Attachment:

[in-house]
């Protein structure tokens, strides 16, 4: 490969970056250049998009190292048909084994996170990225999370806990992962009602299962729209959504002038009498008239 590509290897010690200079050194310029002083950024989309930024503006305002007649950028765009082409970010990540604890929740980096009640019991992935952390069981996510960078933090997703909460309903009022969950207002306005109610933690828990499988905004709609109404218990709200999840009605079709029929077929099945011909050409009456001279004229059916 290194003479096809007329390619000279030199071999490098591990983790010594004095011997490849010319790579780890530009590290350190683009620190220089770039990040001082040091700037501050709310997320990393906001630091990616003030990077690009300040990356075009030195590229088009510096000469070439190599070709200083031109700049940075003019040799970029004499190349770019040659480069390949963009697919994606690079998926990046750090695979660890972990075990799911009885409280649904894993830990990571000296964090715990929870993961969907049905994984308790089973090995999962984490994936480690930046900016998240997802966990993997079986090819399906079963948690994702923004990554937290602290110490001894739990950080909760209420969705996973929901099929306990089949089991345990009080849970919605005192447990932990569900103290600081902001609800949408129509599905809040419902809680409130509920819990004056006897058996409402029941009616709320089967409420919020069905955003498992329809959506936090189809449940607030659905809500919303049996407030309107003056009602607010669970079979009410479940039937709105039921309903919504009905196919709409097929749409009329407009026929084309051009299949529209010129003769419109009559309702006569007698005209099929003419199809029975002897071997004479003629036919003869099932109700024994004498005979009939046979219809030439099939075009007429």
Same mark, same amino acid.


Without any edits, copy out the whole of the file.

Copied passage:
[in-house]
């Protein structure tokens, strides 16, 4: 490969970056250049998009190292048909084994996170990225999370806990992962009602299962729209959504002038009498008239 590509290897010690200079050194310029002083950024989309930024503006305002007649950028765009082409970010990540604890929740980096009640019991992935952390069981996510960078933090997703909460309903009022969950207002306005109610933690828990499988905004709609109404218990709200999840009605079709029929077929099945011909050409009456001279004229059916 290194003479096809007329390619000279030199071999490098591990983790010594004095011997490849010319790579780890530009590290350190683009620190220089770039990040001082040091700037501050709310997320990393906001630091990616003030990077690009300040990356075009030195590229088009510096000469070439190599070709200083031109700049940075003019040799970029004499190349770019040659480069390949963009697919994606690079998926990046750090695979660890972990075990799911009885409280649904894993830990990571000296964090715990929870993961969907049905994984308790089973090995999962984490994936480690930046900016998240997802966990993997079986090819399906079963948690994702923004990554937290602290110490001894739990950080909760209420969705996973929901099929306990089949089991345990009080849970919605005192447990932990569900103290600081902001609800949408129509599905809040419902809680409130509920819990004056006897058996409402029941009616709320089967409420919020069905955003498992329809959506936090189809449940607030659905809500919303049996407030309107003056009602607010669970079979009410479940039937709105039921309903919504009905196919709409097929749409009329407009026929084309051009299949529209010129003769419109009559309702006569007698005209099929003419199809029975002897071997004479003629036919003869099932109700024994004498005979009939046979219809030439099939075009007429």
Same mark, same amino acid.